BBC NEWS Americas Africa Europe Middle East South Asia Asia Pacific Arabic Spanish Russian Chinese Welsh
BBCi CATEGORIES   TV   RADIO   COMMUNICATE   WHERE I LIVE   INDEX    SEARCH 

BBC NEWS
 You are in: UK: England
Front Page 
World 
UK 
England 
Northern Ireland 
Scotland 
Wales 
UK Politics 
Business 
Sci/Tech 
Health 
Education 
Entertainment 
Talking Point 
In Depth 
AudioVideo 


Commonwealth Games 2002

BBC Sport

BBC Weather

SERVICES 
Sunday, 20 January, 2002, 14:03 GMT
Prickly rarity saved from death
Bryony Hall with Alfie the hedgehog
Bryony Hall thought Alfie the hedgehog was a stone
A rare, blonde hedgehog that was facing almost certain death has been saved after being found by a 12-year-old girl.

The animal, one of a very small number to be found in the UK in the past 30 years, is to be handed over to a specialist care centre by the girl, Bryony Hall.

The prickly creature, which is not an albino despite its fair appearance, has skipped hibernation and is currently being raised in the comfort of Bryony's family home in Cambridge.

She at first thought white-spiked "Alfie", who unlike red-eyed albinos has brown eyes and dark skin, was a white stone.


Our cat doesn't really know what to make of him

Lilian Hall
Now, instead of bedding down outdoors to escape the winter frosts, "Alfie" is living in luxury with his own personal quarters in a guinea pig cage.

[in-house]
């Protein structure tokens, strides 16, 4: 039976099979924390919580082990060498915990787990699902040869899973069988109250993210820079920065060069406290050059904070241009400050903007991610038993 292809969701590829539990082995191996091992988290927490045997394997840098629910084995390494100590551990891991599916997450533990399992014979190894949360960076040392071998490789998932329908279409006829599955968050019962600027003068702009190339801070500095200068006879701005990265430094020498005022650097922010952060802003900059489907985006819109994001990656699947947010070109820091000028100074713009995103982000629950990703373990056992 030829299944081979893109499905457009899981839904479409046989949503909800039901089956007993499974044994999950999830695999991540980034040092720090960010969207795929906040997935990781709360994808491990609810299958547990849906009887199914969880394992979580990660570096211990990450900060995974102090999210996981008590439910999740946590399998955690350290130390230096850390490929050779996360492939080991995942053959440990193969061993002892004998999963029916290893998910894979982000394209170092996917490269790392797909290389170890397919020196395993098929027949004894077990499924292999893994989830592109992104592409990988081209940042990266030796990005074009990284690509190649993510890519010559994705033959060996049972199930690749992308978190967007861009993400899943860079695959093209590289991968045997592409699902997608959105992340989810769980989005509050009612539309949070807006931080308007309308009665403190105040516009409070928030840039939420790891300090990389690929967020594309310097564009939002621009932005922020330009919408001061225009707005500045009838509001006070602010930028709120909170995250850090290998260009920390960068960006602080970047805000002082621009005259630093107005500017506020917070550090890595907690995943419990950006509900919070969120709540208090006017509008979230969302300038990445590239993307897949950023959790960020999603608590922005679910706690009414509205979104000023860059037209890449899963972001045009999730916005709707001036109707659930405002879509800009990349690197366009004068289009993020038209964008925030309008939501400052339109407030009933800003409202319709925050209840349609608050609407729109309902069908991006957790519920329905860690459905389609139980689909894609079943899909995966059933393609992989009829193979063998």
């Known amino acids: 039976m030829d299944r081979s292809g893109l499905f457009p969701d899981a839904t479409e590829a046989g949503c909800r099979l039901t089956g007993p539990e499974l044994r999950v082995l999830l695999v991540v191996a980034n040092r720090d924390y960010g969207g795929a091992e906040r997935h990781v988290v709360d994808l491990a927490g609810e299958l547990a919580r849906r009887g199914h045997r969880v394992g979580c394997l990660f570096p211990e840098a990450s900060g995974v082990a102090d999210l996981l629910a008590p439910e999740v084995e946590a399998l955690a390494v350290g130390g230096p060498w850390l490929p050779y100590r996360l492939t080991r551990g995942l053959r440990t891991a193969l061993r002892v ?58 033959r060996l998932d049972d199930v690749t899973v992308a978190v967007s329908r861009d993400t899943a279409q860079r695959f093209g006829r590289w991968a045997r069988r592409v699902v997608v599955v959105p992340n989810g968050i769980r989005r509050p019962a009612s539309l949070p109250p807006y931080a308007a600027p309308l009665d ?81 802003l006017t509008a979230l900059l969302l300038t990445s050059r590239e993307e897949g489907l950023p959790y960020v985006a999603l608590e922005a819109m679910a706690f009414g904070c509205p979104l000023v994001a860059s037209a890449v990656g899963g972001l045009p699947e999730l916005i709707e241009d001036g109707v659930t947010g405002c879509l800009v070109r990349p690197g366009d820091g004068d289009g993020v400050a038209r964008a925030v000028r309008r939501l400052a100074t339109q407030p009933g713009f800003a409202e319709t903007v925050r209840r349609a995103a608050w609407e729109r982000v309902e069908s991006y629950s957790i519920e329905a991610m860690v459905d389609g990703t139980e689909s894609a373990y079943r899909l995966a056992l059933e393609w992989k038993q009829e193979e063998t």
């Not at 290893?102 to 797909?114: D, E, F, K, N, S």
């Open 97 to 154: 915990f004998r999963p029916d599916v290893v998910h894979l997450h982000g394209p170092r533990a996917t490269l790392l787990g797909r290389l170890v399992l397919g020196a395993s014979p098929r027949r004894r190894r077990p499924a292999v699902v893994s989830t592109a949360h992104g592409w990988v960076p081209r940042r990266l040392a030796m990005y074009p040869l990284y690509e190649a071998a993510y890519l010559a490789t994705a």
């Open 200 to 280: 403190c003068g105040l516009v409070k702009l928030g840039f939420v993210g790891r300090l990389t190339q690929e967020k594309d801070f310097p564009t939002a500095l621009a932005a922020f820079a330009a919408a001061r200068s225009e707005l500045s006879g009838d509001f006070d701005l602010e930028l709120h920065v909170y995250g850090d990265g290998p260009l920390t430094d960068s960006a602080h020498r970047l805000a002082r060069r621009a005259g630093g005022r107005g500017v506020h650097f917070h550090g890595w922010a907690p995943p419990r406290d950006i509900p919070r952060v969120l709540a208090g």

He is being fed on a diet of boiled eggs, roast chicken and cat food.

Jeanette Evans, of the British Hedgehog Preservation Society, said blonde hedgehogs were rare because their colouring made them easy for predators to spot.

She said: "Blonde hedgehogs are a genetic variant. They are found in abundance only on the Channel Island of Alderney, where a pair was introduced in the 1960s.

"They die very young as they are so conspicuous to prey such as foxes and dogs.

"Their colouring also prevents them from conserving heat and they perish when the temperature drops.

"They are very, very rare and few have ever been spotted."

"Alfie" has ballooned from 310 grams, when he was found in November, to a healthy 840 grams during his stay at the Hall's home in Tiverton Way.

'Underweight and scrawny'

Bryony's mother Lilian said: "He is really cute and friendly. He takes food from our hands, which is quite unusual for a wild hedgehog.

"He was underweight and scrawny when Bryony found him in November and he would be dead by now if she hadn't rescued him.

"Our cat doesn't really know what to make of him and we were astonished when we looked on the internet and found out how rare he is."

Her father, Ellis added: "Unfortunately if he was outdoors during the night he would stand out like a lighthouse and would be eaten up.

"He's being well cared for and it's a delight to look after something so rare."

"Alfie" is soon to be re-homed at the Beds and Herts Hedgehog Rescue Centre in Bedfordshire.

There he is expected to live out a hedgehog's usual lifespan of eight years in the company of some of his darker coloured brethren.


Click here to go to Cambridgeshire

Click here for more from Three Counties
See also:

03 Aug 01 | Scotland
Hedgehogs 'a threat' to seabirds
07 Jul 01 | Sci/Tech
Hedgehog census takes to the roads
20 May 98 | UK
Jail for hedgehog killer
01 Jan 98 | Sci/Tech
Hedgehog threat to wading birds
Internet links:


The BBC is not responsible for the content of external internet sites

Links to more England stories are at the foot of the page.


E-mail this story to a friend

Links to more England stories